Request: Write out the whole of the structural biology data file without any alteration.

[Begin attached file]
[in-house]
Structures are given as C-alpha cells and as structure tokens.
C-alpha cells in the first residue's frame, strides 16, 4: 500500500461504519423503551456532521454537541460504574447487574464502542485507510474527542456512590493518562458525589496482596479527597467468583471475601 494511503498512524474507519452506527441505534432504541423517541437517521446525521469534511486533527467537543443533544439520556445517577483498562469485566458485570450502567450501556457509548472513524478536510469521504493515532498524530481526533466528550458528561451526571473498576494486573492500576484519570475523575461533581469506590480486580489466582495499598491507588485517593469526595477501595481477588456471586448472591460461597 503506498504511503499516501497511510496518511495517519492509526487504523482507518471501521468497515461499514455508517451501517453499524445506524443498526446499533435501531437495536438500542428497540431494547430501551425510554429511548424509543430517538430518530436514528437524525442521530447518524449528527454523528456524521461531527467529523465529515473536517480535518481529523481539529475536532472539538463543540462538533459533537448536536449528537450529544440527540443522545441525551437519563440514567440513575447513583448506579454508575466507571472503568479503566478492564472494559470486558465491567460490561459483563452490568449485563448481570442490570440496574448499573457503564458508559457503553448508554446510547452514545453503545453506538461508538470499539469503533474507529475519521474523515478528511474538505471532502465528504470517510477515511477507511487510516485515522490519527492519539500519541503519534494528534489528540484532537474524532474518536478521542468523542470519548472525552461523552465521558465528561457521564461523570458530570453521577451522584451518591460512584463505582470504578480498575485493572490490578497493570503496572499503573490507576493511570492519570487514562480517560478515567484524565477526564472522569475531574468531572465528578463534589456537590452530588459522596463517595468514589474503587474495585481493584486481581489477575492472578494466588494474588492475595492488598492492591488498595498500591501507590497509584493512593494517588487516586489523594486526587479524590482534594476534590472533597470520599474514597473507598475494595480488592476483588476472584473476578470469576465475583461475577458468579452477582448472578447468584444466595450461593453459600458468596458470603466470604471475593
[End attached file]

[in-house]
Structures are given as C-alpha cells and as structure tokens.
C-alpha cells in the first residue's frame, strides 16, 4: 500500500461504519423503551456532521454537541460504574447487574464502542485507510474527542456512590493518562458525589496482596479527597467468583471475601 494511503498512524474507519452506527441505534432504541423517541437517521446525521469534511486533527467537543443533544439520556445517577483498562469485566458485570450502567450501556457509548472513524478536510469521504493515532498524530481526533466528550458528561451526571473498576494486573492500576484519570475523575461533581469506590480486580489466582495499598491507588485517593469526595477501595481477588456471586448472591460461597 503506498504511503499516501497511510496518511495517519492509526487504523482507518471501521468497515461499514455508517451501517453499524445506524443498526446499533435501531437495536438500542428497540431494547430501551425510554429511548424509543430517538430518530436514528437524525442521530447518524449528527454523528456524521461531527467529523465529515473536517480535518481529523481539529475536532472539538463543540462538533459533537448536536449528537450529544440527540443522545441525551437519563440514567440513575447513583448506579454508575466507571472503568479503566478492564472494559470486558465491567460490561459483563452490568449485563448481570442490570440496574448499573457503564458508559457503553448508554446510547452514545453503545453506538461508538470499539469503533474507529475519521474523515478528511474538505471532502465528504470517510477515511477507511487510516485515522490519527492519539500519541503519534494528534489528540484532537474524532474518536478521542468523542470519548472525552461523552465521558465528561457521564461523570458530570453521577451522584451518591460512584463505582470504578480498575485493572490490578497493570503496572499503573490507576493511570492519570487514562480517560478515567484524565477526564472522569475531574468531572465528578463534589456537590452530588459522596463517595468514589474503587474495585481493584486481581489477575492472578494466588494474588492475595492488598492492591488498595498500591501507590497509584493512593494517588487516586489523594486526587479524590482534594476534590472533597470520599474514597473507598475494595480488592476483588476472584473476578470469576465475583461475577458468579452477582448472578447468584444466595450461593453459600458468596458470603466470604471475593